Finally, we have the gpttmpl.inf file that is stored in the same subfolder location as the live GPO. The file also is identical to what was present in SYSVOL. Be aware that this file MUST be encoded as UTF-16LE (Unicode).

To build our GPO to set just our User Rights assignment, the minimum number of files is 4 (2 hidden):

Manifest.xml in the root of the folder where the backup was created (outside the GUID folder) – hidden. backup.xml inside the root of the GUID folder bkupinfo.xml inside the root of the GUID folder – hidden. GptTmpl.inf in the same subfolder structure as the oriignal real live GPO (<Guid>\DomainSysvol\GPO\Machine\microsoft\windows nt\SecEdit)

The structure looks like this:

windows user rights assignment powershell

The Backup.inf file

What if I told you… we could build this all out and remove most of the values present in the backup.inf and still import fine with import-gpo ? Tune in next week for the next part in this series to learn more. I’ll put together some example template files.

In the mean time, here’s a sneak peak at the script that will be discussed: https://github.com/Jigsolving/powershell/blob/main/User%20Rights%20Assignment%20GPO/create-customURAGPO.ps1

Happy GPOing.

A full list of User Rights Assignment

The table below lists all the User Rights Assignments and their translated constant values. Each Policy setting is linked to a page over at Microsoft (***except one – there seems to be an error over there).

Notes: *You MUST specify at least Administrator for this right ** Administrators and SERVICE MUST be granted this right *** The associated description for this right is missing over at Microsoft at time of writing.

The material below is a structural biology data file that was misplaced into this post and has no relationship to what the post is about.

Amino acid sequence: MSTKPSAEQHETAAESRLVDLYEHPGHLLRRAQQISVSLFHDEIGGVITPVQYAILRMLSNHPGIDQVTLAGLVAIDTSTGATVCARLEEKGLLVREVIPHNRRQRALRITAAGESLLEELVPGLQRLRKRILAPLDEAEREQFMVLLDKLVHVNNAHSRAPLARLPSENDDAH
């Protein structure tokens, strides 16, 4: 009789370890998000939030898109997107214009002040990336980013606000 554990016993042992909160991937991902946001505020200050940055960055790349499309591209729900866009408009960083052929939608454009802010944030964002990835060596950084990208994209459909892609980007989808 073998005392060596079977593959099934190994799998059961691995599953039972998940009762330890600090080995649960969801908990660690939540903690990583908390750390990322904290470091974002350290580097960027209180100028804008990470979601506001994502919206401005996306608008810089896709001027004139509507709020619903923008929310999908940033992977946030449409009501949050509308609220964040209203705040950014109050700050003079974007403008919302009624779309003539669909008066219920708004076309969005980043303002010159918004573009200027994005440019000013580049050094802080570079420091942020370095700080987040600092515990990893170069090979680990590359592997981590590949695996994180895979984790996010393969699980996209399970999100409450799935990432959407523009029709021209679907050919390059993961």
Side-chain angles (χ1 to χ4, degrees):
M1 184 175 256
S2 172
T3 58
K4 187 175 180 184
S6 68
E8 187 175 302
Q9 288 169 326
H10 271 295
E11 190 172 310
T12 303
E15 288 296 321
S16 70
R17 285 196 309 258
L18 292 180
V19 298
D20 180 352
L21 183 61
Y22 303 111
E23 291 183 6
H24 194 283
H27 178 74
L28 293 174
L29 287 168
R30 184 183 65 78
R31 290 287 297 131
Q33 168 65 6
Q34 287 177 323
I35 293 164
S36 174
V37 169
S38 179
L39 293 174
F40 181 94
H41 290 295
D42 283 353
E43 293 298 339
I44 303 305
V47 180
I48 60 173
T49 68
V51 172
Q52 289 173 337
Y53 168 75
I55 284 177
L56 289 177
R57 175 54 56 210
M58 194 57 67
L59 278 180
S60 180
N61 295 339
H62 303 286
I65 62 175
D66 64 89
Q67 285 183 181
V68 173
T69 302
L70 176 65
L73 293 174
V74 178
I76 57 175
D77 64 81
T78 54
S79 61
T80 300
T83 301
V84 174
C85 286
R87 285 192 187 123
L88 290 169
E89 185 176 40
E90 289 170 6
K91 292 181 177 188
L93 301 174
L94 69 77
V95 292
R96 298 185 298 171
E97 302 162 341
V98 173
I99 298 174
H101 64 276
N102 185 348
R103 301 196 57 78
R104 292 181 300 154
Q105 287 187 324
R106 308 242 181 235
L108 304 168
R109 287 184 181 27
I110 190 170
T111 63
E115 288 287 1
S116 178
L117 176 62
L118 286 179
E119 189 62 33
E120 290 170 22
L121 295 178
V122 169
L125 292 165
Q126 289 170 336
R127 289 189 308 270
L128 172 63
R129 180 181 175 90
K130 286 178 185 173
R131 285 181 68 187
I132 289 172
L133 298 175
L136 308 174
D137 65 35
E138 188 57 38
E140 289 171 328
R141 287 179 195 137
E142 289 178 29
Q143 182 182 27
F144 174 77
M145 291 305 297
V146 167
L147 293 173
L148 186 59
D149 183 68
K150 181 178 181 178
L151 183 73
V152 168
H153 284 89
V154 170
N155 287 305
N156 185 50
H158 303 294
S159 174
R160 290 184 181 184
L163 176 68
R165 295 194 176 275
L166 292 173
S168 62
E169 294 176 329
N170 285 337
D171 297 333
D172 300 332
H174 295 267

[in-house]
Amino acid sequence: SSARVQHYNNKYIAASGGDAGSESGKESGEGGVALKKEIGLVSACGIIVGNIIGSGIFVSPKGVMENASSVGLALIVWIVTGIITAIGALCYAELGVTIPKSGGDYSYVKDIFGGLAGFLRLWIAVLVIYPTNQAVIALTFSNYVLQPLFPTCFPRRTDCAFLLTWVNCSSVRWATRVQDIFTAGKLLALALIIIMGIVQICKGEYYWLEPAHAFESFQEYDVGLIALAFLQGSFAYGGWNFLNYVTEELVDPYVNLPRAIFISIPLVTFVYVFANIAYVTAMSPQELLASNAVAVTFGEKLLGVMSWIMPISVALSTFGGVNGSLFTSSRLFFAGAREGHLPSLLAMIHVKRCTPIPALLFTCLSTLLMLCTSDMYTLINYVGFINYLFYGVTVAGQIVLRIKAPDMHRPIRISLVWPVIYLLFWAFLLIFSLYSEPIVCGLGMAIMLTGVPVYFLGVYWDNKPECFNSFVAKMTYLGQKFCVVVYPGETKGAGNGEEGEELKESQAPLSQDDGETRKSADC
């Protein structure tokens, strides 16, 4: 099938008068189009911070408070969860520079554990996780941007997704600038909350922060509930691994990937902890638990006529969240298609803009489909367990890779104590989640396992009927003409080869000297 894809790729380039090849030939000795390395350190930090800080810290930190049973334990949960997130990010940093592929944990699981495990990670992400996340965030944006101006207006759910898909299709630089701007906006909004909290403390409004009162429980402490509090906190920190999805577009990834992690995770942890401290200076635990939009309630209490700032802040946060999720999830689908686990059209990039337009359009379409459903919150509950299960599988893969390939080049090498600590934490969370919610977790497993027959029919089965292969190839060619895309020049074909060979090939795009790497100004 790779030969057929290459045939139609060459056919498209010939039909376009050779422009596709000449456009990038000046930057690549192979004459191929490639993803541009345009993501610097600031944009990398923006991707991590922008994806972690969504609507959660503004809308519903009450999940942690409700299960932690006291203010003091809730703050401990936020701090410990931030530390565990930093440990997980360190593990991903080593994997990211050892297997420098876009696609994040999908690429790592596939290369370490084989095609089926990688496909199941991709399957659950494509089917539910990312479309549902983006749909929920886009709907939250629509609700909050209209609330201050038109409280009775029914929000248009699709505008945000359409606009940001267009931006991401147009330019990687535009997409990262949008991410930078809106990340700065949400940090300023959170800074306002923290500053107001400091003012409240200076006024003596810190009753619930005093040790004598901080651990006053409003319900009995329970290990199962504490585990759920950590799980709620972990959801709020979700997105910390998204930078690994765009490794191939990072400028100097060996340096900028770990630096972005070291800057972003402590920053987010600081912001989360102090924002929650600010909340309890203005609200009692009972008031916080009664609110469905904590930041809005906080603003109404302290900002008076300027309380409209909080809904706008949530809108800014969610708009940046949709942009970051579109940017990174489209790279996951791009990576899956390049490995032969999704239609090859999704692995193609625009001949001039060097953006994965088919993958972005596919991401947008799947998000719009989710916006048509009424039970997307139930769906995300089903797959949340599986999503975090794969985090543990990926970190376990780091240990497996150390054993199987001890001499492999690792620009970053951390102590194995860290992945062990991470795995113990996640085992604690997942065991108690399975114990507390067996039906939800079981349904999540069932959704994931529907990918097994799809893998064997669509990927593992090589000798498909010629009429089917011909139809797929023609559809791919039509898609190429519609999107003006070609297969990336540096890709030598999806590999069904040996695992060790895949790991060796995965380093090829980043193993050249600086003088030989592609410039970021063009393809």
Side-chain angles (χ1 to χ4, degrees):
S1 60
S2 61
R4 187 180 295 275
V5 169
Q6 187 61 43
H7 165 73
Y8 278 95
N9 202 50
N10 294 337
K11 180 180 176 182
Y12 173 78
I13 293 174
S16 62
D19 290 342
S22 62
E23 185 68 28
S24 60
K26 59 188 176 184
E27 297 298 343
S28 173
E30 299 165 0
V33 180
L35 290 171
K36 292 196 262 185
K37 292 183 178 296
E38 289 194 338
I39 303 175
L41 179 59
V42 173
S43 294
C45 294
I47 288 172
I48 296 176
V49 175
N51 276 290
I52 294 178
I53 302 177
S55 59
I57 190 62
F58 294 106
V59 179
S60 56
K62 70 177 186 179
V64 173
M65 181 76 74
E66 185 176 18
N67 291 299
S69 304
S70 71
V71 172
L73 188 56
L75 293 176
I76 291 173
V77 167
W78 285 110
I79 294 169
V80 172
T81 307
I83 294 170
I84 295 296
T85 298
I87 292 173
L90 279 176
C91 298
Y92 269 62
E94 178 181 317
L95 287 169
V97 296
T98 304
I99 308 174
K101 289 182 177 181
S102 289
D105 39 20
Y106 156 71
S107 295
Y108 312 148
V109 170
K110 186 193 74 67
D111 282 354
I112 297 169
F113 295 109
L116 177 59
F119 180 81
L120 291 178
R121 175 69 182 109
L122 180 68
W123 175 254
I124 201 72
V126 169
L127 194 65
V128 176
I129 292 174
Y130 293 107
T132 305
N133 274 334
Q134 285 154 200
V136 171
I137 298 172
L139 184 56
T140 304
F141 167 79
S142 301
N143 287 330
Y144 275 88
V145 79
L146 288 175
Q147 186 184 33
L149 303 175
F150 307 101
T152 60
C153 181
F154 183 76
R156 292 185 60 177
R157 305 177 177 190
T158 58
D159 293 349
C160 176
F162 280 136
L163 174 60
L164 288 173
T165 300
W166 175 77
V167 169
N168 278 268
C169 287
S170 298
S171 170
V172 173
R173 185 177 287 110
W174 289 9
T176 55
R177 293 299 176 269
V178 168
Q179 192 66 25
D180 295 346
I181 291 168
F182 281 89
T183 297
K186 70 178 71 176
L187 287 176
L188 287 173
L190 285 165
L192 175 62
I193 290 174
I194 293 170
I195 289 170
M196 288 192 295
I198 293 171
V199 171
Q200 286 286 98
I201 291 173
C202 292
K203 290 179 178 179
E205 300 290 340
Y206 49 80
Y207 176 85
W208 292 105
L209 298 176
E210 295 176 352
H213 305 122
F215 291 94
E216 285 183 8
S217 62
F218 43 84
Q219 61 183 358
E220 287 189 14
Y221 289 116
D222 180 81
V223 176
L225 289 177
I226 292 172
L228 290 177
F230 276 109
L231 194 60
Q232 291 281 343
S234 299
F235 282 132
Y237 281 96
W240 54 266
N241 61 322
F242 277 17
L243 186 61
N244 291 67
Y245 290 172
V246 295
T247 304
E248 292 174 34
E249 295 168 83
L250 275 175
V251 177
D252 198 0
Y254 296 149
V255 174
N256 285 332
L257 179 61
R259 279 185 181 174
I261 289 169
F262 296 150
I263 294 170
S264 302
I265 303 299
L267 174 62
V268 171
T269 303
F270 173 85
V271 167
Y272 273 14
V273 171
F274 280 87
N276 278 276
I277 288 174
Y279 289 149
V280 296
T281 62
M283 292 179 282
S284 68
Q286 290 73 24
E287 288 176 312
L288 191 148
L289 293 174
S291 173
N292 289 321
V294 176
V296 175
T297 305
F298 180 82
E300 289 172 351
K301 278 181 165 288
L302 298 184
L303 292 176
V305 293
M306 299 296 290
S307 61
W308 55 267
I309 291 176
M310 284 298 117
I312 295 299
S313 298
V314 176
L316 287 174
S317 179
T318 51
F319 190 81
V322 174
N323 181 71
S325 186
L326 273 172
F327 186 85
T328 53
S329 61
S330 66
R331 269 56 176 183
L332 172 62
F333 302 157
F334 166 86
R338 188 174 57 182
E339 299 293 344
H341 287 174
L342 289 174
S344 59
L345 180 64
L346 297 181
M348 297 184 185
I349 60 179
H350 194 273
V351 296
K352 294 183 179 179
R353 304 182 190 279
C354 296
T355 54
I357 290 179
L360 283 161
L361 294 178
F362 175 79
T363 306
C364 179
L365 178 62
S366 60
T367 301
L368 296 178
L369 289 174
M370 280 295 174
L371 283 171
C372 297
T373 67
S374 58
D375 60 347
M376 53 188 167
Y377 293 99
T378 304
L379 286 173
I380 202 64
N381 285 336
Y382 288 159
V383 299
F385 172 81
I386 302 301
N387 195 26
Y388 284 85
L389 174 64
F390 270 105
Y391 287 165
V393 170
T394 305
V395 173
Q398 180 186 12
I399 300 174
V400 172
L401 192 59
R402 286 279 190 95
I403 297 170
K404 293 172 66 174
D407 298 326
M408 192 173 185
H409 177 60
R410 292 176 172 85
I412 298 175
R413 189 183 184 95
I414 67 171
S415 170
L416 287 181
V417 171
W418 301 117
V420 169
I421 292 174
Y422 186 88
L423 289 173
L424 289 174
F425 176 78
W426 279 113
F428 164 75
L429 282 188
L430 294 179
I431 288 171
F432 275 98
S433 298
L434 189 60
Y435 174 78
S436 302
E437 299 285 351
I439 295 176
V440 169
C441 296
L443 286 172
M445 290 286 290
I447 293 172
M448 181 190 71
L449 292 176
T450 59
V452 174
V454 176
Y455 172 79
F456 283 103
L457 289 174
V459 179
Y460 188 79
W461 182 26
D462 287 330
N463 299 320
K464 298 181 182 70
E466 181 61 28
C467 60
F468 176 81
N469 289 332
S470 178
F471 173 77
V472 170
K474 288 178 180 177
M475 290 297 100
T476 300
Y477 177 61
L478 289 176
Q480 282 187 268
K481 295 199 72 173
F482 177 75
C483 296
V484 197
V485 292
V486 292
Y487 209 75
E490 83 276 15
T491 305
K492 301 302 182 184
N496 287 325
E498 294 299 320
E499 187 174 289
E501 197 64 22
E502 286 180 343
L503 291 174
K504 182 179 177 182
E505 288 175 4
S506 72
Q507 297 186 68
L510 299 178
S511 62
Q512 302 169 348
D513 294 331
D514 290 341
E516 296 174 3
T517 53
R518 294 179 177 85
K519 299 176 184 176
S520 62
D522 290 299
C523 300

The featured photo in this post: Part of a photo by Francisco Jesús Navarro Hernández on Unsplash

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How can I get an overview of all users with a specific user right in Windows?

I need to check that only the administrators group (sid: S-1-5-32-544) has the privilege to take ownership of files or folders (SeTakeOwnershipPrivilege).

How can I get an overview of all users/groups that have this privilege?

What I already found and tried is the following command:

The output in the file looks pretty useful:

[Unicode] Unicode=yes [Privilege Rights] SeNetworkLogonRight = *S-1-5-32-544 ... SeTakeOwnershipPrivilege = *S-1-5-32-544 ... [Version] signature="$CHICAGO$" Revision=1

With this method above I would have to read the file into my Powershell script, search for the privilege and delete the file afterwards.

Is there any other method to do this in Powershell without external modules or executables?

Thanks for your supply.

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dwettstein's user avatar

5 Answers 5

There is another way using the LsaEnumerateAccountsWithUserRight Win32 API function. This has to be coded in C# ( PInvoke ) in your script and the code definition would be very long and messy.

I would avoid the above and wrap the executable instead. Why reinvent the wheel?

MFT's user avatar

  • Thanks for your reply. I assume, I will have to go this way, since I cannot use other modules or executables. Nice hint with wrapping the executable. –  dwettstein Sep 9, 2014 at 9:14

Not a pure PS solution, but an option none the less. :)

You could use Microsoft's AccessChk utility ( download it here ) instead of SecEdit.

Unlike SecEdit, AccessChk outputs to the stdout, so you can easily capture its output into a PS variable, and then check that variable (with no need for an intermediate file).

Something like:

Ƭᴇcʜιᴇ007's user avatar